Sunday, February 27, 2011



Manila connoisseurs and collectors have long known Macario Vitalis (1898 – 1989) for his pointillist paintings. The Alliance Française de Manille’s Total Gallery presents an exceptional exhibition of Vintage Vitalis drawings and paintings of the 30s to the 60s, curated by artists Ofelia Gelvezón-Téqui and Claude Tayag. Gelvezón-Téqui and Tayag, who knew Vitalis personally, felt that the creations of this period, relatively unknown in the Philippines, merited to be exhibited and appreciated.

Vitalis never kept a “stock” of his own works. The paintings and drawings presented by Alliance Française de Manille in the Vintage Vitalis exhibition are mostly drawn from private collectors who had, over a number of years, patiently sought them out in Flea Markets and auctions in France. The exhibition is not a retrospective but a select collection of works from this rich period of Vitalis’ life. The majority of the works are from the estate of Camille Renault, an important art patron who circulated in the French art circles and had recognized talent in Vitalis.

What is new and interesting in the Vitalis works of this period is his artistic evolution as he reacted and responded to the social and intellectual climate of France during the years before and after World War II. There are lyrical portraits and still lifes of his early period, as well as prismatic compositions and vibrant colors of the later years. The Vintage Vitalis exhibition portrays the many facets of Vitalis as he explored different artistic expressions until he arrived at Pointillism, familiar to us all.

Vintage Vitalis opens with an artist’s reception from 6:30 pm to 9 pm on Tuesday, March 1, 2011, at the Total Gallery of the Alliance Française de Manille. The exhibit runs until March 31, 2011. For high resolution images of the artworks and more details about the exhibit, kindly contact Mr. Earl Parco (AFM Cultural Officer) at 895 7441 / 895 7585 or email, or visit the AFM website at

Monday, February 21, 2011


Love Letters

Catalina Africa, Christina Quisumbing Ramilo, Costantino Zicarelli, Lui Medina, Maria Jeona, Maya Munoz, Nikki Valenzuela, Paola Germar, Patricia Eustaquio, Ronald Caringal and Yasmin Sison

12 February – 27 March 2011

Is love something we still find necessary to articulate through the written word and how, in the 21st century do we communicate the complexity of this human emotion? Do thoughtful arrangements of language convey more eloquently the profound nature of love? Love letters, themselves, provide a trace of one’s intensions as tangible surfaces to handle and understand. As time passes this object d’art of affection can quickly transform into a treasured memory revisited with fondness or resentment as relationships unfold, change or end. As such these quotations from love stories past and present remind us of our humanity and the intrinsic need for passion, companionship and friendship. However, as handwritten letters become increasingly rare in today’s virtual society with communication reduced to casual words through emails, text messages and social networking platforms, what are the new forms of communicating love?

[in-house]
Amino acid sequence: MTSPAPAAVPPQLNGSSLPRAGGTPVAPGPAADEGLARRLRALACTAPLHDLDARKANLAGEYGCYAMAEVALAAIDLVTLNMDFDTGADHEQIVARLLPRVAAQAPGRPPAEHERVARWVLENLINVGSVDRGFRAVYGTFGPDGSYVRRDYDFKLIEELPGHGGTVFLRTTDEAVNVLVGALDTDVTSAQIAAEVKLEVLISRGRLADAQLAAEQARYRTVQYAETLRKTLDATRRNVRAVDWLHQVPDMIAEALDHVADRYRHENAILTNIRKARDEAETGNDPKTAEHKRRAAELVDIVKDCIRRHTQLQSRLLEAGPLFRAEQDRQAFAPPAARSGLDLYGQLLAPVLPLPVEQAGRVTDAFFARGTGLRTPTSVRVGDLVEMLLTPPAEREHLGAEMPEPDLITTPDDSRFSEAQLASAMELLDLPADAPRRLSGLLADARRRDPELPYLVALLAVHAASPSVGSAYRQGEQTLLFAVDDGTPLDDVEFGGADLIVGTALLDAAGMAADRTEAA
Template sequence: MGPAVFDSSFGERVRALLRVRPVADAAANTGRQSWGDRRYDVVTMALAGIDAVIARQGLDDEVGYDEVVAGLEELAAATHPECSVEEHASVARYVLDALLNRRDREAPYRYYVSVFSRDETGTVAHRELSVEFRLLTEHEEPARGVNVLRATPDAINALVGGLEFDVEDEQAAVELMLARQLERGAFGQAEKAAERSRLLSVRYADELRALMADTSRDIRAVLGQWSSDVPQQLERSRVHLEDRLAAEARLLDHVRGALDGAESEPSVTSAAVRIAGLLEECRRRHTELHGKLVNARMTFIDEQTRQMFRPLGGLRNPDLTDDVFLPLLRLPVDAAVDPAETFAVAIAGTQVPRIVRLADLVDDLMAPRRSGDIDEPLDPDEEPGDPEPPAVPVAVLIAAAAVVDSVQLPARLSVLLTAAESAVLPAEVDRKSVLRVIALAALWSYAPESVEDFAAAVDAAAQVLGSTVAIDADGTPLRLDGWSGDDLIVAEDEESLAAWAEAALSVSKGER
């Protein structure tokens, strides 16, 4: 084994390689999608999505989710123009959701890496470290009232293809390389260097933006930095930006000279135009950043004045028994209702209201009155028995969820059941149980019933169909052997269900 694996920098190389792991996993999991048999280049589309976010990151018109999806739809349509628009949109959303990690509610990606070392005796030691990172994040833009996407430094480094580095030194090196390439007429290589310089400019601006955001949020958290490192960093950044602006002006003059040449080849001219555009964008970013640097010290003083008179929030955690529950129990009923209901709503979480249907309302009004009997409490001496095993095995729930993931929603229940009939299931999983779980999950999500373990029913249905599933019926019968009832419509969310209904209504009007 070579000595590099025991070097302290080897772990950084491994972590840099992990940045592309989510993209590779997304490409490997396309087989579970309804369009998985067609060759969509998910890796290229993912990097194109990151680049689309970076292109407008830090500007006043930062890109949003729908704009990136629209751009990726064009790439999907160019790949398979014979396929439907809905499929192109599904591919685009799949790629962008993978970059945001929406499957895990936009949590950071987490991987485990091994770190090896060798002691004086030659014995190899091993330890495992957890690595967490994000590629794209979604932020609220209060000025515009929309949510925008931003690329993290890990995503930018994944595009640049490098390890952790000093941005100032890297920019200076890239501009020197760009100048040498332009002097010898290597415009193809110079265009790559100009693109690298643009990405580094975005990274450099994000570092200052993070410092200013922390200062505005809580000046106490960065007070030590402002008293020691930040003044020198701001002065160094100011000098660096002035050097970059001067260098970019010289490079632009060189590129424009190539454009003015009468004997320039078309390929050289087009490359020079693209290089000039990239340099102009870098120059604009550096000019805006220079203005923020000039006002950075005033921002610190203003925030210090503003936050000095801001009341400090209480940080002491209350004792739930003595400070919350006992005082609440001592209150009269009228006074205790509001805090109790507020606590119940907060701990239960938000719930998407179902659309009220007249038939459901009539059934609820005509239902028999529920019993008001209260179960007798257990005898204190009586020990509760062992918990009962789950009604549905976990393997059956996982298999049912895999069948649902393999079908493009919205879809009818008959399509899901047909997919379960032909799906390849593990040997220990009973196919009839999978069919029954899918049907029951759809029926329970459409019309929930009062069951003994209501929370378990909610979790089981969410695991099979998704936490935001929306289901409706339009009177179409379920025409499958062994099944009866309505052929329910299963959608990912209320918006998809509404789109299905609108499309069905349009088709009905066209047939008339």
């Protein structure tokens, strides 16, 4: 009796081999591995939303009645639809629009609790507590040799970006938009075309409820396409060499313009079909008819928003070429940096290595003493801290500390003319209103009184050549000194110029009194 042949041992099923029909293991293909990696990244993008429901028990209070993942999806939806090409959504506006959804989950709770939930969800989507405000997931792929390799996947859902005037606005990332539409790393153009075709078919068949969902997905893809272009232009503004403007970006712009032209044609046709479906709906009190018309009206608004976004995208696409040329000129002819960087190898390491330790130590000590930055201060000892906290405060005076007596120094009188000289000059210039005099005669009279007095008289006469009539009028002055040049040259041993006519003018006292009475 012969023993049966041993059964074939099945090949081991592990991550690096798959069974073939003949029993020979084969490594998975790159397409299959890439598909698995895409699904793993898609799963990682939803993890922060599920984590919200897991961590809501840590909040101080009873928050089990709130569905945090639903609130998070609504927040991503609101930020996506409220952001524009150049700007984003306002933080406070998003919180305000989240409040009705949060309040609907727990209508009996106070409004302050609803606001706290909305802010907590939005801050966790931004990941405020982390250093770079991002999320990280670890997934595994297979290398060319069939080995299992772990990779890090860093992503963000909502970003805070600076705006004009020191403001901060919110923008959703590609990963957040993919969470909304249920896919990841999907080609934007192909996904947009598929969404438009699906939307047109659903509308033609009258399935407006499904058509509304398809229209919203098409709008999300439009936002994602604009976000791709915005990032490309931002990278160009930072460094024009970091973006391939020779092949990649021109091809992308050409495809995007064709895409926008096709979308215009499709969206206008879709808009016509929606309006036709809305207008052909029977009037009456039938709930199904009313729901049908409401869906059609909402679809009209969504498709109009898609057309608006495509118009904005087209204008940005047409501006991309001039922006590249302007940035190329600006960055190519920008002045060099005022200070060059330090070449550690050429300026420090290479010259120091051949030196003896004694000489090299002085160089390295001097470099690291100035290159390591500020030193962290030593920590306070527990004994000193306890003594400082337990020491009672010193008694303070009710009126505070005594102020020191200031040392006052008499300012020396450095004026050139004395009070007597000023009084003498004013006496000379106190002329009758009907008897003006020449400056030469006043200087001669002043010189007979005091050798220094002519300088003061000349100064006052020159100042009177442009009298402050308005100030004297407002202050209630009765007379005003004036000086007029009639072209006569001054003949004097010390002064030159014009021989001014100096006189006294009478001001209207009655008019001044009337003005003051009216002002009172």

To once again celebrate this subject Manila Contemporary presents Love Letters, an exhibition that shares the visual languages of love as negotiated by contemporary art. A selection of artists have been invited to share their most intimate experiences and thought processes involved when expressing love for another person. Lifting moments from their personal and imagined autobiographies what emerges are alternative visual strategies that can be direct and intense or abstract and ambiguous. Statements that anticipate the poetic and romantic or sexually base and conflicted will potentially emerge. By playing with text or creating its own alternative visual structuring the exhibition brings together the commonalities of human love across diverse voices and media.

Sentiments of nostalgia and romance as well as longing, frustration and obsession are revealed in the first of a new trilogy of shows that looks at how artists visually communicate the language of three fundamental human emotions: love, hate and faith.